OJMM> Vol.1 No.1, December 2011

Evaluation of Real-Time 16S rDNA PCR and Pyrosequencing for Routine Identification of Bacteria in Joint Fluid and Tissue Specimens

DownloadDownload as PDF (Size:117KB)  HTML    PP. 1-6  

ABSTRACT

16S rDNA PCR and sequencing are powerful tools for bacterial detection and identification, although their routine use is not currently widespread in the field of clinical microbiology. The availability of pyrosequencing now makes 16S rDNA assays more accessible to routine diagnostic laboratories, but this approach has had limited evaluation in general diagnostic practice. In this study we evaluated a real-time 16S rDNA PCR and pyrosequencing assay for use in a routine microbiology laboratory, by retrospectively testing joint fluid and joint tissue specimens received for conventional culture. We found that use of the real-time 16S rDNA assay was clinically valuable in this specimen type because it enabled us to identify a small number of culture-negative infections. Although faster and less labour-intensive, we found that the utility of pyrosequencing for pathogen identification is still hampered by shorter read lengths compared to conventional (Sanger) sequencing. Combining results from both molecular and conventional culture methods, bacteria were only detected in 11.8% specimens in this study. However, the detection rate was increased to 18.6% if specimens were only included from patients with a documented clinical suspicion of infection. In conclusion, while pyrosequencing had significant advantages in speed and ease-of-use over conventional sequencing, multiple reactions will be required to deliver comparable species-level identification, thus negating many of the benefits of using the technique. We found that 16S rDNA PCR and sequencing should be rationally targeted on the basis of good clinical information in the routine diagnostic setting, and not used as a general screening test for the exclusion of bacterial infection in joint specimens.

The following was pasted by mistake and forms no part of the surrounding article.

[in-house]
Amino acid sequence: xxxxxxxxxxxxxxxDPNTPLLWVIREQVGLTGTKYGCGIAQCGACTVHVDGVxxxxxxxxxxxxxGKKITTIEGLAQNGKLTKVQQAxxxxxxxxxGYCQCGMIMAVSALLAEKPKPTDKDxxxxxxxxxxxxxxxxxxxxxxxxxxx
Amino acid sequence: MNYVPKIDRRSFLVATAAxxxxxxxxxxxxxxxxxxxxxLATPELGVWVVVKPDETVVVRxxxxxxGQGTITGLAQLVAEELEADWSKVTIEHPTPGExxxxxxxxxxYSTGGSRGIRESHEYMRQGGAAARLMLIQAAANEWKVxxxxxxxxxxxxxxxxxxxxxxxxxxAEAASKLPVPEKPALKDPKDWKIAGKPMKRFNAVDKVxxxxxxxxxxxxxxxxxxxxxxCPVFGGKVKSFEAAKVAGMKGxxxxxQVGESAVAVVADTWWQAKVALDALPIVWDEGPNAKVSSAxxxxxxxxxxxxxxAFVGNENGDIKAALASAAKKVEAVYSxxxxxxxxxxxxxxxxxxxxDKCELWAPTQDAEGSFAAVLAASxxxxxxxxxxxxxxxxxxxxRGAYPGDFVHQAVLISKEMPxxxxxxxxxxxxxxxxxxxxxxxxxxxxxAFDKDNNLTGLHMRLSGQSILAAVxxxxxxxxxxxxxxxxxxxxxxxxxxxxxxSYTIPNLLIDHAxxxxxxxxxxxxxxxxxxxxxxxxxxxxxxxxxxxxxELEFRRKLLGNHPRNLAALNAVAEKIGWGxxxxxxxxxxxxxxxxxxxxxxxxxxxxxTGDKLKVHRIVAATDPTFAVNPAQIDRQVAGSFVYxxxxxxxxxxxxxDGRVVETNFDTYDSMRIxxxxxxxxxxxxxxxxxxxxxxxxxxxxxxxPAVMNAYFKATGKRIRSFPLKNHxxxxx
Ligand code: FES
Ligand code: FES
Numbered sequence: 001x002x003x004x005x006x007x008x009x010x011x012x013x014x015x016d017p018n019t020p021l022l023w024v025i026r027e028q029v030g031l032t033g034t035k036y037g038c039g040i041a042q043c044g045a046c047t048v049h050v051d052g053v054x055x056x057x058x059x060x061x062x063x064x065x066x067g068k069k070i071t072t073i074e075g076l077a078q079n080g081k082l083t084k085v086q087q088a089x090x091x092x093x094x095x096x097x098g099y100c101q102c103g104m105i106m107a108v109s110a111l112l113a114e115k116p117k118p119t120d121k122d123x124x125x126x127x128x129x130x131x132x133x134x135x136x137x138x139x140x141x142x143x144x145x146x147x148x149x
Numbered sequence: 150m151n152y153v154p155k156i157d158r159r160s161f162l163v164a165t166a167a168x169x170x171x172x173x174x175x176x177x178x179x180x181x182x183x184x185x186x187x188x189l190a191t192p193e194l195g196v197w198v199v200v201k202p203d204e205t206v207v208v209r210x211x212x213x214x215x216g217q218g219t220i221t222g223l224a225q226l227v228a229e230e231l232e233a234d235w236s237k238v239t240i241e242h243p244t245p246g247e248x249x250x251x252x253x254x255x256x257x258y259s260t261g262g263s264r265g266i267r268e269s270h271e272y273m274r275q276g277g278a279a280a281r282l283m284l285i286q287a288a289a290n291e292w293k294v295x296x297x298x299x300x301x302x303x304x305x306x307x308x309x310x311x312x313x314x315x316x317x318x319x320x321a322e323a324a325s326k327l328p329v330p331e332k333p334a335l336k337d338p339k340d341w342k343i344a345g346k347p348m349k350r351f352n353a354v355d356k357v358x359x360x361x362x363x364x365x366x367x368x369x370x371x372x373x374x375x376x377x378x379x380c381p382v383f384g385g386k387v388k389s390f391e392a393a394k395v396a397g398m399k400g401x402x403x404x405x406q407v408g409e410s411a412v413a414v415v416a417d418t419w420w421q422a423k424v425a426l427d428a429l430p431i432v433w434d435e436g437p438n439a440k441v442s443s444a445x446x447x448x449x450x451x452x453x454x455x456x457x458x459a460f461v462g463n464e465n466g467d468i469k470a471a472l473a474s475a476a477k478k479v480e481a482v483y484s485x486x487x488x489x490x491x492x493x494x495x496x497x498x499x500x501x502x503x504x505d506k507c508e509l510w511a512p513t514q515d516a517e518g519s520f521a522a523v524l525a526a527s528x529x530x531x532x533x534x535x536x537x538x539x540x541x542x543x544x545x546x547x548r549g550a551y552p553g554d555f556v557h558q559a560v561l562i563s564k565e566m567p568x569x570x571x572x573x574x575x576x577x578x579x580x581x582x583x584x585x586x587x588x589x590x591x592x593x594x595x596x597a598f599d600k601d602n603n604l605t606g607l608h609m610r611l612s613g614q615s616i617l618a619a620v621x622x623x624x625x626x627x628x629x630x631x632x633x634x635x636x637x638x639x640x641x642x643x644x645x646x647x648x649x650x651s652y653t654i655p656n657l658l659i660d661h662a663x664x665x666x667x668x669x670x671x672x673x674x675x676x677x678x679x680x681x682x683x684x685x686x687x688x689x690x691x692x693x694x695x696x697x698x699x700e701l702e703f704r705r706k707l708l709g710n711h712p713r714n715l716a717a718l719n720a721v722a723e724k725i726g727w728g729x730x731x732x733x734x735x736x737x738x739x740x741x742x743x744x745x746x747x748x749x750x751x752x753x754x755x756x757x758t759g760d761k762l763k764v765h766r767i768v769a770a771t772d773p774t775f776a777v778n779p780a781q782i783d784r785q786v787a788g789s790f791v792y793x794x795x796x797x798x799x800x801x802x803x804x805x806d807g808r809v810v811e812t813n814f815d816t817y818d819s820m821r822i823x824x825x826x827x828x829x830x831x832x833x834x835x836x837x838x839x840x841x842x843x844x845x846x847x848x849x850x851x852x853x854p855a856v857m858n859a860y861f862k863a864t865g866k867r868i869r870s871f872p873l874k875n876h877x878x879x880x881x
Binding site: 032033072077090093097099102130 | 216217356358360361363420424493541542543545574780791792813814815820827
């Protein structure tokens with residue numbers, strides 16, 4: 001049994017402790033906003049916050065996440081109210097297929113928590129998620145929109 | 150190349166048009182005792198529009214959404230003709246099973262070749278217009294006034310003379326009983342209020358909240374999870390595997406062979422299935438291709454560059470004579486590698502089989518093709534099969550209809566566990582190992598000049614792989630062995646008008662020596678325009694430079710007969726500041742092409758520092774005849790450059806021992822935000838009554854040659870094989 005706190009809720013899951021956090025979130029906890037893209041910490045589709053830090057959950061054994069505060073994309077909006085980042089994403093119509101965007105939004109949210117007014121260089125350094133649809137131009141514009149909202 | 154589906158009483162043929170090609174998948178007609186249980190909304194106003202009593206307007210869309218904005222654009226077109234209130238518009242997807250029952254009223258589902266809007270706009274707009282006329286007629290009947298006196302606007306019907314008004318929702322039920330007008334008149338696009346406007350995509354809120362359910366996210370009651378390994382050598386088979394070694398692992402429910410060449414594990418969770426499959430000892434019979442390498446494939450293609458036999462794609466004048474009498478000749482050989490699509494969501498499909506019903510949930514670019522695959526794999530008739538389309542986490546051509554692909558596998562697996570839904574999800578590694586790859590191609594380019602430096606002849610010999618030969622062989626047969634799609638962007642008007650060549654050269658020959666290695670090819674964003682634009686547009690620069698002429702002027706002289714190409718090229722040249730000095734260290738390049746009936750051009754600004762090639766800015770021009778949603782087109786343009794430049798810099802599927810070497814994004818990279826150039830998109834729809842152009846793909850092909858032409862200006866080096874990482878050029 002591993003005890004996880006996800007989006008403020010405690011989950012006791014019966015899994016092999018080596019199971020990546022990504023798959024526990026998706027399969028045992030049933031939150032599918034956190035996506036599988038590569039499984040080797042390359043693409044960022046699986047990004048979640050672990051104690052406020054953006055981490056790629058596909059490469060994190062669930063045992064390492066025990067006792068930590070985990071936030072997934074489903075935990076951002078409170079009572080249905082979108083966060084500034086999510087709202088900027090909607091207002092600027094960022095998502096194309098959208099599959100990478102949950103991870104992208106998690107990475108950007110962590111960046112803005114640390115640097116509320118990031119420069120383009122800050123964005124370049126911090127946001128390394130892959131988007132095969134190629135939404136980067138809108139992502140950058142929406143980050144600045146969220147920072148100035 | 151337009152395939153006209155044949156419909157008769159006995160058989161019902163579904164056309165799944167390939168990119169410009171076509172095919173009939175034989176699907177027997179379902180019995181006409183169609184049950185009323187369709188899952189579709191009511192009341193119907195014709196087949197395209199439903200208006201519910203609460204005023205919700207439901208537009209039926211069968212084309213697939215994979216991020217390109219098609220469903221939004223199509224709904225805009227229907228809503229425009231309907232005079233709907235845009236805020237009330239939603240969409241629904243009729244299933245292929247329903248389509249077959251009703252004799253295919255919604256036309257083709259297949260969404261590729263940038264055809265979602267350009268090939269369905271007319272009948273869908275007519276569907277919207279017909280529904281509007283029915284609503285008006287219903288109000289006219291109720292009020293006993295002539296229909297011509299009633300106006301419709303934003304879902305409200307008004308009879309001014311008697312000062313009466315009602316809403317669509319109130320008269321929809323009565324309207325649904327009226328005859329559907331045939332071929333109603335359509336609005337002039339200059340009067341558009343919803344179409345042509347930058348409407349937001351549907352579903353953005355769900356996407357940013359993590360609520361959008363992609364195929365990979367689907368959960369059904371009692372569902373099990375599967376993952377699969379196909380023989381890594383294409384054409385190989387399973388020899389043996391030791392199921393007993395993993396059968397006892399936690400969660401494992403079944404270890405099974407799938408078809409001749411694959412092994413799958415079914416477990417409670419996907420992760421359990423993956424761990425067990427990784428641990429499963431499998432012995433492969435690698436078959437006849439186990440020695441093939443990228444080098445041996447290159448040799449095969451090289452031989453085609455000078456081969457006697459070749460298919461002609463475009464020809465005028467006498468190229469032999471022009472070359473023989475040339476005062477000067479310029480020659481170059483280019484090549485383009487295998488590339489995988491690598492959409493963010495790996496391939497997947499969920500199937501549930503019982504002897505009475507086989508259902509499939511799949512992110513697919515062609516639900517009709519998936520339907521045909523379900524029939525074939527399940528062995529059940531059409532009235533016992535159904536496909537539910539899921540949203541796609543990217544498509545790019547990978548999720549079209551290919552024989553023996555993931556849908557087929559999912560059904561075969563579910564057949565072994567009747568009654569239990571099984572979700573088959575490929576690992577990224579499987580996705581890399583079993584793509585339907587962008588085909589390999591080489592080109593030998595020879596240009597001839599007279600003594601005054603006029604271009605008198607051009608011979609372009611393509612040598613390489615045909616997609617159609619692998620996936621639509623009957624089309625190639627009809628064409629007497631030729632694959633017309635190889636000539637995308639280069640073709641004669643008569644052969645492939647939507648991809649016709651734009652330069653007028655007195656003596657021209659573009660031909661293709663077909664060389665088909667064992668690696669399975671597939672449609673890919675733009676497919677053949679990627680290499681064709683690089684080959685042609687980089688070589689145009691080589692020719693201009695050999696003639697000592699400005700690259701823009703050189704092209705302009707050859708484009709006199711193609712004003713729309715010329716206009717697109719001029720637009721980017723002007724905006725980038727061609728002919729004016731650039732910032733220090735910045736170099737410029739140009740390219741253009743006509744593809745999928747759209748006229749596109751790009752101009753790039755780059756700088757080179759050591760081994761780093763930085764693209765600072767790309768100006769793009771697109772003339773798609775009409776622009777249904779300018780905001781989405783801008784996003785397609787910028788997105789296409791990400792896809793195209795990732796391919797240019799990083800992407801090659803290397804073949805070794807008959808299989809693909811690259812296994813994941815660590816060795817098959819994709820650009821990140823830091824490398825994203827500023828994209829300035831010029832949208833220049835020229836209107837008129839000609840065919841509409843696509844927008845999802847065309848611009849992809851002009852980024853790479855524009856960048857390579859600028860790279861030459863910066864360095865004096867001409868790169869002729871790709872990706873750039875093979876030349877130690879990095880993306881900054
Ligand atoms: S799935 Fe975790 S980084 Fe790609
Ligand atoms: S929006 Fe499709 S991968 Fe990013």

Cite this paper

N. Gadsby, A. Onen, S. Phillips, L. Tysall, S. Breusch, H. Simpson, J. Dave, E. Czarniak and K. Templeton, "Evaluation of Real-Time 16S rDNA PCR and Pyrosequencing for Routine Identification of Bacteria in Joint Fluid and Tissue Specimens," Open Journal of Medical Microbiology, Vol. 1 No. 1, 2011, pp. 1-6. doi: 10.4236/ojmm.2011.11001.

References

[1] F. Fenollar, V. Roux, A. Stein, M. Drancourt and D. Raoult, “Analysis of 525 Samples to Determine the Usefulness of PCR Amplification and Sequencing of the 16S rRNA Gene for Diagnosis of Bone and Joint Infections,” Journal of Clinical Microbiology, Vol. 44, No. 3, 2006, pp. 1018-1028. doi:10.1128/JCM.44.3.1018-1028.2006
[2] A. L. Rosey, E. Abachin, G. Quesnes, C. Cadilhac, Z. Pejin, C. Glorion, P. Berche and A Ferroni, “Development of a Broad-Range 16S rDNA Real-Time PCR for the Diagnosis of Septic Arthritis in Children,” Journal of Microbiological Methods, Vol. 68, No. 1, 2007, pp. 88-93. doi:10.1016/j.mimet.2006.06.010
[3] P. E. Fournier, F. Thuny, H. Richet, H. Lepidi, J. P. Casalta, J. P. Arzouni, M. Maurin, M. Célard, J. L. Mainardi, T. Caus, F. Collart, G. Habib and D. Raoult, “Comprehensive Diagnostic Strategy for Blood Culture-Negative Endocarditis: A Prospective Study of 819 New Cases,” Clinical Infectious Diseases, Vol. 51, No. 2, 2010, pp. 131- 140. doi:10.1086/653675
[4] K. A. Harris and J. C. Hartley, “Development of Broad- Range 16S rDNA PCR for Use in the Routine Diagnostic Clinical Microbiology Service,” Journal of Medical Microbiology, Vol. 52, No. 8, 2003, pp. 685-691. doi:10.1099/jmm.0.05213-0
[5] A. Ahmadian, M. Ehn and S. Hober, “Pyrosequencing: History, Biochemistry and Future,” Clinica Chimica Acta, Vol. 363, No. 1-2, 2006, pp. 83-94. doi:10.1016/j.cccn.2005.04.038
[6] N. Kobayashi, T. W. Bauer, M. J. Tuohy, I. H. Lieberman, V. Krebs, D. Togawa, T. Fujishiro and G. W. Procop, “The Comparison of Pyrosequencing Molecular Gram Stain, Culture and Conventional Gram Stain for Diagnosing Orthopaedic Infections,” Journal of Orthopaedic Research, Vol. 24, No. 8, 2006, pp. 1641-1649. doi:10.1002/jor.20202